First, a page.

Michael Ruhlman – Grocery: The Buying and Selling of Food in America
This one belongs in the small pile of Most Interesting Books of the Year. It is a fun and informative look at an underappreciated institution of modern life: the grocery store.
Ruhlman combines Deirdre McCloskey’s appreciation of progress and seeming inanities that aren’t, with an appreciation of the entrepreneurial spirit and risk-taking that go into a seemingly hum-drum industry.
Ruhlman spent a great deal of time with the brothers who run Heinen’s, a mid-size grocery chain based in Cleveland, and shares their insights on a changing business. His late father, who was fascinated by grocery stores and changed with them over time, also looms large.
Along the way Ruhlman dives into the surprisingly interesting history of grocery stores, and speculates how they might be changing in the future. Maybe staples and non-perishables will soon be mostly delivery-based from companies like Amazon or Peapod, while traditional grocery stores will shift to hosting specialized fresh food departments–a little like the separate butchers’ and bakers’ shops of the old days.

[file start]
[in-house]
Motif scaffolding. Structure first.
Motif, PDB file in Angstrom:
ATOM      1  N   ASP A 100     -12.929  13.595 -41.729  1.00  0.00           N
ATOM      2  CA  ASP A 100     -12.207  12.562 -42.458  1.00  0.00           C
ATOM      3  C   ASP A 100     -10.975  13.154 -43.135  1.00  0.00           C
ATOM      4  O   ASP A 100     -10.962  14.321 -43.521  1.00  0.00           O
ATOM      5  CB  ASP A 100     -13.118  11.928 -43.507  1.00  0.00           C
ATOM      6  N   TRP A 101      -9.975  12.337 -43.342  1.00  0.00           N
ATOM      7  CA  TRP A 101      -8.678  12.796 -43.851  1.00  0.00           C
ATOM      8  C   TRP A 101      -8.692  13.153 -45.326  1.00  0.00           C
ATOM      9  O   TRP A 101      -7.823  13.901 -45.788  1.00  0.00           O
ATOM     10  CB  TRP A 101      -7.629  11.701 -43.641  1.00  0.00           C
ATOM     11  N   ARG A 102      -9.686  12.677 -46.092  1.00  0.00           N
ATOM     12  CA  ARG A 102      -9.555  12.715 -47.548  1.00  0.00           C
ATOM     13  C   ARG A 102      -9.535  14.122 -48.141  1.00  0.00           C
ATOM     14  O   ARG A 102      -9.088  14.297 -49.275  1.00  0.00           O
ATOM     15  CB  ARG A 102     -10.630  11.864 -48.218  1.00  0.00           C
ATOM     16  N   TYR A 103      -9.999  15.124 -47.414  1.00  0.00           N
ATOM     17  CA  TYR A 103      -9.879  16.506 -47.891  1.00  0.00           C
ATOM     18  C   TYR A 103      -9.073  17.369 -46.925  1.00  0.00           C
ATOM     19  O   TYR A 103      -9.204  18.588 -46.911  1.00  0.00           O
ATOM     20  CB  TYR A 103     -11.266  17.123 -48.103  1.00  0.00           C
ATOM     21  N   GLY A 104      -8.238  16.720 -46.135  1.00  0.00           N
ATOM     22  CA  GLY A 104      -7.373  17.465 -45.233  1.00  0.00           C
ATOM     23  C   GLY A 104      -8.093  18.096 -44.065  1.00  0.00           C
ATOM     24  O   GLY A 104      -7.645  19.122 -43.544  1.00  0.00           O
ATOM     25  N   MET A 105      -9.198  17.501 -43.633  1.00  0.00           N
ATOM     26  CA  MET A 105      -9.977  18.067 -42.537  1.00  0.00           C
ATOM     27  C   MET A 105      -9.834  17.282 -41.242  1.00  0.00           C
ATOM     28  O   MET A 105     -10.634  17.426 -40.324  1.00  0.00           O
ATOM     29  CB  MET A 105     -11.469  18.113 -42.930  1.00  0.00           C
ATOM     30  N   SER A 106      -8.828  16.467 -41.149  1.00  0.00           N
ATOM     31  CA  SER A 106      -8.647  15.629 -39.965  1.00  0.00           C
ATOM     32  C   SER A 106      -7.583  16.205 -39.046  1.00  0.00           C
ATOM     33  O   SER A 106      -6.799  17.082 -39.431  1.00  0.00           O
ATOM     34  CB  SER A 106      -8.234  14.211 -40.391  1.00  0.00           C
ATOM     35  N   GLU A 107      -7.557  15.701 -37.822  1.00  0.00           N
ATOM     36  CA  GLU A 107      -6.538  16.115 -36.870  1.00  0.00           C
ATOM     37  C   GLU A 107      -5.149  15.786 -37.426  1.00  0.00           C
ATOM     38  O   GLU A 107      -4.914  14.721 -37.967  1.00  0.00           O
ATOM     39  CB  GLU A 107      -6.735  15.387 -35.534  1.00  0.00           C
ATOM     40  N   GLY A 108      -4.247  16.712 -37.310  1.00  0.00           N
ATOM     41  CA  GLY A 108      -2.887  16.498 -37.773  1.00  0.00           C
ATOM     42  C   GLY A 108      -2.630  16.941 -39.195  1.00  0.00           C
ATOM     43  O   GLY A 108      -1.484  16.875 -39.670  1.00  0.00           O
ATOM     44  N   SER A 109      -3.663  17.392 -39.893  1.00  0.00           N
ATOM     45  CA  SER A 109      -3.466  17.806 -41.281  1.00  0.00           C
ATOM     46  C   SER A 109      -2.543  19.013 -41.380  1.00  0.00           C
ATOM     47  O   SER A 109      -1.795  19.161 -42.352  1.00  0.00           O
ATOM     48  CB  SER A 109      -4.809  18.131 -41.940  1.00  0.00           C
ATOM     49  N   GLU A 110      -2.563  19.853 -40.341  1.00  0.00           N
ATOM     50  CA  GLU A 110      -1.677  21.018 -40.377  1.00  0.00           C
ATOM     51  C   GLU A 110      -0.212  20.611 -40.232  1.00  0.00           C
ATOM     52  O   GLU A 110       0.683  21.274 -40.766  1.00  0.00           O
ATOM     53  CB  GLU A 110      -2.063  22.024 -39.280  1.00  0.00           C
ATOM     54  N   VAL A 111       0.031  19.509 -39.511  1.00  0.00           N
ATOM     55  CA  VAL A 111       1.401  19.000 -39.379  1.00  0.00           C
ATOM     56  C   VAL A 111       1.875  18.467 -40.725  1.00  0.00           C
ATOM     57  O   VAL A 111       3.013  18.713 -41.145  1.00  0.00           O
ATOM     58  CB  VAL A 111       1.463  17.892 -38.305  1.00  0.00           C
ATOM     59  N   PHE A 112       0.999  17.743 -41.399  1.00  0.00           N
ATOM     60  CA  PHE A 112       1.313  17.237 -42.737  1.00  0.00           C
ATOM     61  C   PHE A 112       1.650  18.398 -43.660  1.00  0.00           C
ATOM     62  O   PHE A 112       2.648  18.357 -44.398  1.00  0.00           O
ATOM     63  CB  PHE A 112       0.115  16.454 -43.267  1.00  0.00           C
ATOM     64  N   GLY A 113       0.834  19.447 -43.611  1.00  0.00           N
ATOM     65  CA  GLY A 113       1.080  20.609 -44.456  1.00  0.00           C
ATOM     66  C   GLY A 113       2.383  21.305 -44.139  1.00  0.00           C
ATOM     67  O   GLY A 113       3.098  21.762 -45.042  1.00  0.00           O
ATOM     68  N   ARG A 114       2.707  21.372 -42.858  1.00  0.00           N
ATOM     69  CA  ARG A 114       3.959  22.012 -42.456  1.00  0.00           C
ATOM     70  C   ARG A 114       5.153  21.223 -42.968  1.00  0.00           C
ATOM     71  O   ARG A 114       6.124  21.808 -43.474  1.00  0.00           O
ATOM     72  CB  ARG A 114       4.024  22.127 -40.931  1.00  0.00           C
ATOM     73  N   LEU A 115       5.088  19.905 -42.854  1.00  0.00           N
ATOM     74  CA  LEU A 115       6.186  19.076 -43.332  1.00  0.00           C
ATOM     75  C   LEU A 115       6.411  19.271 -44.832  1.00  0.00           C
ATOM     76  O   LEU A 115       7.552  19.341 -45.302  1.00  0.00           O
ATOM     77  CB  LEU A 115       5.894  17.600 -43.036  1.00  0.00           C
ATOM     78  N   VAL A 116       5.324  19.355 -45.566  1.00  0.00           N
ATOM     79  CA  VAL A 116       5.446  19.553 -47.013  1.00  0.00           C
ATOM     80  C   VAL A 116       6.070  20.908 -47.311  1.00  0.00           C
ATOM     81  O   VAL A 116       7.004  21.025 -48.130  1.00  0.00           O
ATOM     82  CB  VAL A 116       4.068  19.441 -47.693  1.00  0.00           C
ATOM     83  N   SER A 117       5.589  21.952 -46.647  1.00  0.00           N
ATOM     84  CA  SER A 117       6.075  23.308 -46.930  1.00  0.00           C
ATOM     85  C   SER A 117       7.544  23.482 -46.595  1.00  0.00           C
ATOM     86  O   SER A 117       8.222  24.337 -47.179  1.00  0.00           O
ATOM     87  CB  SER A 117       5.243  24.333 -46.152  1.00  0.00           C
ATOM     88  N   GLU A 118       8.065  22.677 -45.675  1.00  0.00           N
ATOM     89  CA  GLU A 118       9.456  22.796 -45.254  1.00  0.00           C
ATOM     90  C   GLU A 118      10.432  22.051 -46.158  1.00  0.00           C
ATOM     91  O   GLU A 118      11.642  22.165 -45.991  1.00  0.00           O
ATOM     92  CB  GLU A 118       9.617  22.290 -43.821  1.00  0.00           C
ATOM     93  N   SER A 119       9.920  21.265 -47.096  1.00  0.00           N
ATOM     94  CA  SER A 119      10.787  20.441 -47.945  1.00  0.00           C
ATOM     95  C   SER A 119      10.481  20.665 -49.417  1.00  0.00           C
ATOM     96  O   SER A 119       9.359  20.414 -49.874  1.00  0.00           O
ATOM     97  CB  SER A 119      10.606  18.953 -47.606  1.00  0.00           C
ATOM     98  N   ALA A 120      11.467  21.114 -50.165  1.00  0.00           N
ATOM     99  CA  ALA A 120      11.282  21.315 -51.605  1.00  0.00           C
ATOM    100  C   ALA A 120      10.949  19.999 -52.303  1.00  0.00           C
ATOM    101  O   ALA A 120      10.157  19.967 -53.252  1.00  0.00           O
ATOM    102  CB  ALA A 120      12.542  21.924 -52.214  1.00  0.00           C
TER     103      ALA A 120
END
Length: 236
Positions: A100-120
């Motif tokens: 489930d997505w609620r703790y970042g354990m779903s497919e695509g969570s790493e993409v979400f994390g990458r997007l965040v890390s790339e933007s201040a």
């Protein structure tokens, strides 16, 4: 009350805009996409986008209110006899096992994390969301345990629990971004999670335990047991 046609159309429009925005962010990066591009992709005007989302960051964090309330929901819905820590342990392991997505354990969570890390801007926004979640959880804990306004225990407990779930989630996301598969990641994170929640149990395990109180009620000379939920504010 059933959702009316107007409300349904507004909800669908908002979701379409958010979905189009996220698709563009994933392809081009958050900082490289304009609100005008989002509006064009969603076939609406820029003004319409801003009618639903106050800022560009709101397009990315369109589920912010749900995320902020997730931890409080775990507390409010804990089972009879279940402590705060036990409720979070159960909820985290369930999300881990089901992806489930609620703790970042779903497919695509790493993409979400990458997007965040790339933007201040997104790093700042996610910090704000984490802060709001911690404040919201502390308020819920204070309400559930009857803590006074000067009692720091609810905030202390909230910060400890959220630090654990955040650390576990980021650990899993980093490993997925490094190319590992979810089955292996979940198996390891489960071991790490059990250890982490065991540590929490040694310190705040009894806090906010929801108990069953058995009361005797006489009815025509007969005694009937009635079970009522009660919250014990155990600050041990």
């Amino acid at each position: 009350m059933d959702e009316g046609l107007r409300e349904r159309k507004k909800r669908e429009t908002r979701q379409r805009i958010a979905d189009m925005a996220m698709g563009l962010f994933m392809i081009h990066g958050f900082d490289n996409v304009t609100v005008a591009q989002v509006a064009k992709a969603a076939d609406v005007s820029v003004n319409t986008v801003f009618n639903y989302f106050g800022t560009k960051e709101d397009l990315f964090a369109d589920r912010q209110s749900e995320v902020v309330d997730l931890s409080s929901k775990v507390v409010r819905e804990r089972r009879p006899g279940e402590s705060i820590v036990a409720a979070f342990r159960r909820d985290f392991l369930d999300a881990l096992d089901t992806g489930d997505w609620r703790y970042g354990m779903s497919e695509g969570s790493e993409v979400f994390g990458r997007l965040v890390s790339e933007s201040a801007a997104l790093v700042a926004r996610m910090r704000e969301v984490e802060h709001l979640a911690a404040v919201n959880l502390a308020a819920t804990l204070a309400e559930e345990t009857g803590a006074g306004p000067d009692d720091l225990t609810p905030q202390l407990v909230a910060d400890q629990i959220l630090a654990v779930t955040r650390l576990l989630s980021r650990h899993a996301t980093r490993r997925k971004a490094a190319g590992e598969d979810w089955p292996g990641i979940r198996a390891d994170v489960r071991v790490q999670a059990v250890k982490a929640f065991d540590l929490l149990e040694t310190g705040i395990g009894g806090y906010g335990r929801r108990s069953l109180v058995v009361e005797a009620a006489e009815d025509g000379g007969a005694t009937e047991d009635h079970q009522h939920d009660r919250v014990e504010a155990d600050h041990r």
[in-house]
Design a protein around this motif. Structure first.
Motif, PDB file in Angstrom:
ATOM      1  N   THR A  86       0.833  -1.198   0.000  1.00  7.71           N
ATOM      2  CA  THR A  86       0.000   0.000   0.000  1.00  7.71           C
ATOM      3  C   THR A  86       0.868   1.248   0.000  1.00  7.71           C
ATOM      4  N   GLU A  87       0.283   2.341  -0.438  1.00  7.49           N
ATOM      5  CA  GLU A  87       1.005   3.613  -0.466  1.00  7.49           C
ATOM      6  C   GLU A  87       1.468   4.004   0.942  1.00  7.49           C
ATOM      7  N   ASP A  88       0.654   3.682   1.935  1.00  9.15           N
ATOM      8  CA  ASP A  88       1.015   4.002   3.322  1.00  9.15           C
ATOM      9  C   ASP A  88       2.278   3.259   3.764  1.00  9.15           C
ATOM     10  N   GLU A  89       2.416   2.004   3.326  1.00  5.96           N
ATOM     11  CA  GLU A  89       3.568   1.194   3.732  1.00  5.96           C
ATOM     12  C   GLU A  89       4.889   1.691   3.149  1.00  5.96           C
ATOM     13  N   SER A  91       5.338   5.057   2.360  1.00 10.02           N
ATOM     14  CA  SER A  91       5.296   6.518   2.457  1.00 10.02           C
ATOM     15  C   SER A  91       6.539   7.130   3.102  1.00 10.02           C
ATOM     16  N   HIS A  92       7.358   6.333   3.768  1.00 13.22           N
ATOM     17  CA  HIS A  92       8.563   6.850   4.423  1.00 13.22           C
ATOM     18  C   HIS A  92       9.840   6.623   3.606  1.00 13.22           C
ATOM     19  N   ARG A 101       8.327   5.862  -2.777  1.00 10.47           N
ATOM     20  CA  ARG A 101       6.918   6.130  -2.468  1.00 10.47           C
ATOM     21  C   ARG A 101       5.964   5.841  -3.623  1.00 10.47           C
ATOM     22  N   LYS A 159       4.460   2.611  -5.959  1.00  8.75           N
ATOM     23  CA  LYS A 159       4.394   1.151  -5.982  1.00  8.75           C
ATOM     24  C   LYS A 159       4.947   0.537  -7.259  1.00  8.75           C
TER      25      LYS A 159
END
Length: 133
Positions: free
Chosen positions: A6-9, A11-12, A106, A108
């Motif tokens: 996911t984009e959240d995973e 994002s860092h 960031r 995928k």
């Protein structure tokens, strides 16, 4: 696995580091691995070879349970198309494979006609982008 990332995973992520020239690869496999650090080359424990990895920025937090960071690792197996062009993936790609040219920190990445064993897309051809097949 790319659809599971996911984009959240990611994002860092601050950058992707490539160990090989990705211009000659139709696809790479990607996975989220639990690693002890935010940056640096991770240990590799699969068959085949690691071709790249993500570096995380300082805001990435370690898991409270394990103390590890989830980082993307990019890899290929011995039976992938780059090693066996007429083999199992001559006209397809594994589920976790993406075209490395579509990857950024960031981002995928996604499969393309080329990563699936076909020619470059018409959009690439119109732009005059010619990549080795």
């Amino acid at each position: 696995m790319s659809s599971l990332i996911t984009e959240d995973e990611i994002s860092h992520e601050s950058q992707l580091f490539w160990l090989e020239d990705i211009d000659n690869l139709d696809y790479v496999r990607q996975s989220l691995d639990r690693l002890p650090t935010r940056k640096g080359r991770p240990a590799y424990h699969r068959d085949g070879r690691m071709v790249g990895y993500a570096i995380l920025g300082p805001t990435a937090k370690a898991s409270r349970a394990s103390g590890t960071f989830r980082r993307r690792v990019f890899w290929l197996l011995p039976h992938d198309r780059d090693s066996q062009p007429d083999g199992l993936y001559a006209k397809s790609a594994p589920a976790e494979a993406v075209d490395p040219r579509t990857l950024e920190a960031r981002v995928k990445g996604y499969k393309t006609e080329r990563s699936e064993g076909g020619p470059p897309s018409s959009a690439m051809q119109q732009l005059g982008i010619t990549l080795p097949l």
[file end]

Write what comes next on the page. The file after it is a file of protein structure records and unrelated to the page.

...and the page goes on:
Ruhlman also talks to farmers, livestock producers, and hopeful purveyors of new niche products such as energy bars and salads, along with a few natural-food and nutrition quacks. Refreshingly, Ruhlman mostly calls them what they are.
While Ruhlman rightfully decries the faddishness of many diet and nutrition trends, he is not entirely immune to food ideology himself. At one point he unironically compares breakfast cereals to nuclear weapons–don’t tell north Korea! A genuinely enjoyable read on a surprisingly important subject, despite its occasional faults. Steve Horwitz reviewed the book in more detail here.